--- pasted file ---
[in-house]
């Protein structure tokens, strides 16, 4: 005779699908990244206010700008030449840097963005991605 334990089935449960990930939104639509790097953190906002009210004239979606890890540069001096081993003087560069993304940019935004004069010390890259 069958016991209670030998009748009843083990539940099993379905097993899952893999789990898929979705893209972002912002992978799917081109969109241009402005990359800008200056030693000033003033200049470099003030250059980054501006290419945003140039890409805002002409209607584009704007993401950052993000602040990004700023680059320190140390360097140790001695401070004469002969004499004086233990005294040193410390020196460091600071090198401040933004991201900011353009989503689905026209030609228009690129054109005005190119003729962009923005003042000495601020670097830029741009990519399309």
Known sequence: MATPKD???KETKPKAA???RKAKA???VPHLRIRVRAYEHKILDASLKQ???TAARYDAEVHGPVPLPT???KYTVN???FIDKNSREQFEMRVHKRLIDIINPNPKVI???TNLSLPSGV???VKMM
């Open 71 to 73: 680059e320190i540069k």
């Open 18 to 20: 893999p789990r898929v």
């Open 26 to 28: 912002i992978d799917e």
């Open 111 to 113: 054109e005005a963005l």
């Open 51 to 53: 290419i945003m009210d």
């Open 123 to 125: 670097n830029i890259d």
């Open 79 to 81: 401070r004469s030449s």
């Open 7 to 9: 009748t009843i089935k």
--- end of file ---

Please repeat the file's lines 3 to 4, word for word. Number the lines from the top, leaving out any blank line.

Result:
Known sequence: MATPKD???KETKPKAA???RKAKA???VPHLRIRVRAYEHKILDASLKQ???TAARYDAEVHGPVPLPT???KYTVN???FIDKNSREQFEMRVHKRLIDIINPNPKVI???TNLSLPSGV???VKMM
């Open 71 to 73: 680059e320190i540069k």